Only a half-hour drive south of Dallas sits this quiet house on top of a hill where a lot is happening. Casa Colina is a 90-Day Faith-based Residential Treatment Center for Men. I visited the facility last week and was quite impressed. They help men recover from the destructive ways that drugs and alcohol have ruined their lives. The families of these men also recover much of what was lost to the disease of addiction. Many of the guests have discovered that other places have not been as helpful as Casa Colina.
So, I walked around and asked them why this place works when other places haven’t. They expressed how it’s possible to live with a group of people but still be isolated and lonely. “This is a real community” was a common response. It reflects the genuine nature of Christian love and care that so many places only give lip service to.
“You have to drill down to the shame and get it out; you can’t cover it over” was another common explanation of why the Casa Colina experience is effective. They elaborated, “dealing with shame requires transparency in front of other people who then see your dark side but still accept you as a worthwhile human being.”
All the comments I heard reminded me of the healing power of Christ. One person reminded me of the truth that “He who knows me best, loves me most.” So, I saw first-hand how loving the Lord with all your heart, mind and soul provided the foundation of healing through reconciliation with our Creator. But more, I saw how openly loving one another made the healing effective at a foundational personal level and introduced a truly new level of living a productive and dignified life.
I sat in on a staffing meeting which gave me a feel for the professional quality of the workers. They were competent; they care deeply; they are healthy personally and spiritually. I’ve seen places where it was “just a job.” None of that here. There was lots of pride of contributing to something good.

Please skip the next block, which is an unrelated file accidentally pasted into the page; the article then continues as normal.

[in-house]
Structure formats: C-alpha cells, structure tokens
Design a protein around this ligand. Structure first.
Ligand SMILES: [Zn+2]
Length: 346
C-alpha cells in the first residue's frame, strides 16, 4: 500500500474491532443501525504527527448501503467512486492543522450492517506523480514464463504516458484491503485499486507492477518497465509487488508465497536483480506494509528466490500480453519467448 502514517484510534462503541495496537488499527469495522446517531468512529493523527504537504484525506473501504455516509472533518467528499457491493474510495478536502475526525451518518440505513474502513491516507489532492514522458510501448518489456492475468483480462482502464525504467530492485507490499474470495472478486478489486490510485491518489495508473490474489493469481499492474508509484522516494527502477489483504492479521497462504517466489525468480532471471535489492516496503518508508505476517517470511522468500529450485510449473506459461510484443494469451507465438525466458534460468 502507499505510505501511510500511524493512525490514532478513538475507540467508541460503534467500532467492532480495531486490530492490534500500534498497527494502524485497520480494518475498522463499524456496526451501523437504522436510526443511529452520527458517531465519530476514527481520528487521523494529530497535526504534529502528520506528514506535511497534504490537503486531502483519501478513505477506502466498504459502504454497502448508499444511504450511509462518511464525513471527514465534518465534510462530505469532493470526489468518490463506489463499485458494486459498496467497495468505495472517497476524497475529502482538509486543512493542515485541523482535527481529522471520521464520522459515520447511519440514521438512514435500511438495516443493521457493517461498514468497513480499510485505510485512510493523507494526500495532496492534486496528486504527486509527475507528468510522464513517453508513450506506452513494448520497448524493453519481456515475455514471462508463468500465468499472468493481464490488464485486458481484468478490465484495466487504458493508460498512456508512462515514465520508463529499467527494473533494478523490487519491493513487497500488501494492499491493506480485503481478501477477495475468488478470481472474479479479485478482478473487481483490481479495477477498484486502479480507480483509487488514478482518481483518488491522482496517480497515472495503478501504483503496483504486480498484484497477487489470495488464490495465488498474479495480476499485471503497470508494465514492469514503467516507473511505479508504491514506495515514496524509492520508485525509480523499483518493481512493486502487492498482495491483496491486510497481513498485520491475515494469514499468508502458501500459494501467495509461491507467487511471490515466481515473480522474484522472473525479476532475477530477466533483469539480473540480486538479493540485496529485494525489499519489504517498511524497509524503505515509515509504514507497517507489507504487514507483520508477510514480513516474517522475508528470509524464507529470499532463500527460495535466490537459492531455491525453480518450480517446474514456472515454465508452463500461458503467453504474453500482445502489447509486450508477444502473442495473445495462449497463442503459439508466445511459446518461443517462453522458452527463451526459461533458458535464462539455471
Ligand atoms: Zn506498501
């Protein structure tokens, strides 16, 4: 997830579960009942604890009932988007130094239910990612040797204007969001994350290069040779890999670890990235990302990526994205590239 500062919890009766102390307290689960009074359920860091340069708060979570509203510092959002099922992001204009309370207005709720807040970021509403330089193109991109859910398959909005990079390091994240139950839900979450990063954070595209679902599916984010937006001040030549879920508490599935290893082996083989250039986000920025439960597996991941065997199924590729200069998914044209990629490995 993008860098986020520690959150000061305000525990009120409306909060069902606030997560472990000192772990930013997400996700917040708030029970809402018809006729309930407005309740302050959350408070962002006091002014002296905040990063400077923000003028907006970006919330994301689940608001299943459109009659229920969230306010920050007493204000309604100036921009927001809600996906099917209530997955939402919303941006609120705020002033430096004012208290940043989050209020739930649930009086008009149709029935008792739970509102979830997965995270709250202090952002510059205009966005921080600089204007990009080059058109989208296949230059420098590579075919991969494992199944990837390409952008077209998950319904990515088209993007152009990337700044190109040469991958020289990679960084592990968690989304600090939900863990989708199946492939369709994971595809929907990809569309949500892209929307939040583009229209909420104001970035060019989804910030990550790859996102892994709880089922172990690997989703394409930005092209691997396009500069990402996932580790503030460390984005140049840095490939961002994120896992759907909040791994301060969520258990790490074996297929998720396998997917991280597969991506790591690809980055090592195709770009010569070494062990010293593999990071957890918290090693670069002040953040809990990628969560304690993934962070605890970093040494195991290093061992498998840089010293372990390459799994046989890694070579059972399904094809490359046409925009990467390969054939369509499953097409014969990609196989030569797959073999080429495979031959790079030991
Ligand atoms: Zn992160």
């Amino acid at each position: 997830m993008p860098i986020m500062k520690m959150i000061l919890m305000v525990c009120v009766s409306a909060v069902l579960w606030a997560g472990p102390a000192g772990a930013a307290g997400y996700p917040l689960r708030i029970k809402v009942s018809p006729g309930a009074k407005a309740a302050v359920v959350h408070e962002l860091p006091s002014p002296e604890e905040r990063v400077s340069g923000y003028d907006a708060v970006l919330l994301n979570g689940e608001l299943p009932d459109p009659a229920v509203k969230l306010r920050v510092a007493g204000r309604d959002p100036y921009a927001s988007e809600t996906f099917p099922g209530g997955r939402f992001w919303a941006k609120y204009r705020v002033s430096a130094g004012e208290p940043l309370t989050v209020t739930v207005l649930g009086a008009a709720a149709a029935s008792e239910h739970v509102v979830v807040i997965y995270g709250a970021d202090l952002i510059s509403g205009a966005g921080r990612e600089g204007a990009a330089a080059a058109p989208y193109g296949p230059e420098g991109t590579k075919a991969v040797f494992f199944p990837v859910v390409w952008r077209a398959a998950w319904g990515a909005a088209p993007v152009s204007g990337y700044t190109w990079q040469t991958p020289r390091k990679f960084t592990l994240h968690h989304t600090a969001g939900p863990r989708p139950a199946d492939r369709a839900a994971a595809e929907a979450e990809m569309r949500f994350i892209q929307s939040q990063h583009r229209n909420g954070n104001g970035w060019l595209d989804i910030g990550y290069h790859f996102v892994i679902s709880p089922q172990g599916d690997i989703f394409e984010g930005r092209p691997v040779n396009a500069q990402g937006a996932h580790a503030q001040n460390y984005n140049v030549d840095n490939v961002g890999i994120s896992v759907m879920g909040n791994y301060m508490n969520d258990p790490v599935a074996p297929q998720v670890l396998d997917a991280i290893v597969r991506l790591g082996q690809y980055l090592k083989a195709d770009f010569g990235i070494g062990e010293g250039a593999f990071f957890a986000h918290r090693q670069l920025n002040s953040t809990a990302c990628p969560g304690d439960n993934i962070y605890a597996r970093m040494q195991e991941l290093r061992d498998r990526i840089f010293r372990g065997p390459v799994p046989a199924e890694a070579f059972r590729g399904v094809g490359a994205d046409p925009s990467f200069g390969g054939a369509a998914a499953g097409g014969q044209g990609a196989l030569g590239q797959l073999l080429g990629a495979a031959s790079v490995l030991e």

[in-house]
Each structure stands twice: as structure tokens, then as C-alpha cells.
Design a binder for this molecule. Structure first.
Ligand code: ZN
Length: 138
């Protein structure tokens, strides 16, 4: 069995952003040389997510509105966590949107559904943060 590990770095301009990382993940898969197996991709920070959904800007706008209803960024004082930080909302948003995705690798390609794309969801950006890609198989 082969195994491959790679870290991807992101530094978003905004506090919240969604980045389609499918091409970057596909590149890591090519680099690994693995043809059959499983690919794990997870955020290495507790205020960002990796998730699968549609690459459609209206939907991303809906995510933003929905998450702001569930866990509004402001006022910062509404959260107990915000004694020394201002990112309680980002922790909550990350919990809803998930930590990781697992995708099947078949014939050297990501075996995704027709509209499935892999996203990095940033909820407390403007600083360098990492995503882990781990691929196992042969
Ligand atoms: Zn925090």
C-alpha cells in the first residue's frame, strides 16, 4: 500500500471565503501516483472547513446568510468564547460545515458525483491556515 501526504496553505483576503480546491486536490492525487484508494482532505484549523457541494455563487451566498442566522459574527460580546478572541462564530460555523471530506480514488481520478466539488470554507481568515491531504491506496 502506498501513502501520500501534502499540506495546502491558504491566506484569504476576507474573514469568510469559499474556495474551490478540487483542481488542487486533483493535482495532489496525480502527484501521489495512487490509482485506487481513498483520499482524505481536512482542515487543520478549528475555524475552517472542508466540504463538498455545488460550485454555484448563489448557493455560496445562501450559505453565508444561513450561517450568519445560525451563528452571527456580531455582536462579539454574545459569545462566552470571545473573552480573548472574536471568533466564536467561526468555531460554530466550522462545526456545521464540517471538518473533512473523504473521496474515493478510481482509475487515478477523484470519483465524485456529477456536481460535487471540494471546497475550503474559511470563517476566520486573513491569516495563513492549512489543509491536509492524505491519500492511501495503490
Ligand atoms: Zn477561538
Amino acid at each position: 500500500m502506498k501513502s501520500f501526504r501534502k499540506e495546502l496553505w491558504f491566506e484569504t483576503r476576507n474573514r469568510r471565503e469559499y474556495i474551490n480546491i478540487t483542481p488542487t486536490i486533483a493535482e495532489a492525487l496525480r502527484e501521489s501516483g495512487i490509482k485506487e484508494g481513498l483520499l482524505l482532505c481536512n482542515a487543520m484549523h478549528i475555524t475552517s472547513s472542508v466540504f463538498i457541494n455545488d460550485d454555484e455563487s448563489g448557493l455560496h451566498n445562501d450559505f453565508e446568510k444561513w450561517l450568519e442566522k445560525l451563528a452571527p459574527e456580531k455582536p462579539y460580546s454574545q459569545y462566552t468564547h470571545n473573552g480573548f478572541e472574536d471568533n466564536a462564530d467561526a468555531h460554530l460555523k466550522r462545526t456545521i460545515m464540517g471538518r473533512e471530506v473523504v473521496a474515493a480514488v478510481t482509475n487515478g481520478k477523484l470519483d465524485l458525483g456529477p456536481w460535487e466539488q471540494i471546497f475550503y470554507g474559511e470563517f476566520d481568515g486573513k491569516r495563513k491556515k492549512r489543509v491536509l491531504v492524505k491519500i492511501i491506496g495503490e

The driving force and visionary behind this facility is Chico West. He’s as excited about what’s happening to these men as he is modest about his role in it. He is committed to providing an effective program and receives his gratification from watching men graduate with a new view of life and new tools to help find their positive role.
I saw a couple of men ready to leave after 90 days. They left behind lives of restlessness, irritability and discontent for future of peaceful, wise, goal-oriented contribution.
Several words and phrases resonated with me on the drive home: Safety; Transparency; Dignity; Poise; Confidence; Trust. I’ve long believed “Healing requires relationship,” but it’s always reassuring to see a concept working in real lives.
It was a pivotal point in human history. The Prince of Peace culminated a three-year ministry that transformed the way God dealt with His people. No longer would people search for peace with God through compliance with the law. That weekend on Friday, He died on a cross and was buried. On Sunday, He was raised from the dead. He knocked the end out of a “dead-end street” and turned death itself into a passageway to life. He demonstrated that death is not the end of life, but a transition into our ultimate destiny, life with Him. For me, a whole new quality of life emerged. On a day-to-day basis I began to know Jesus personally and to grow in my relationship with him.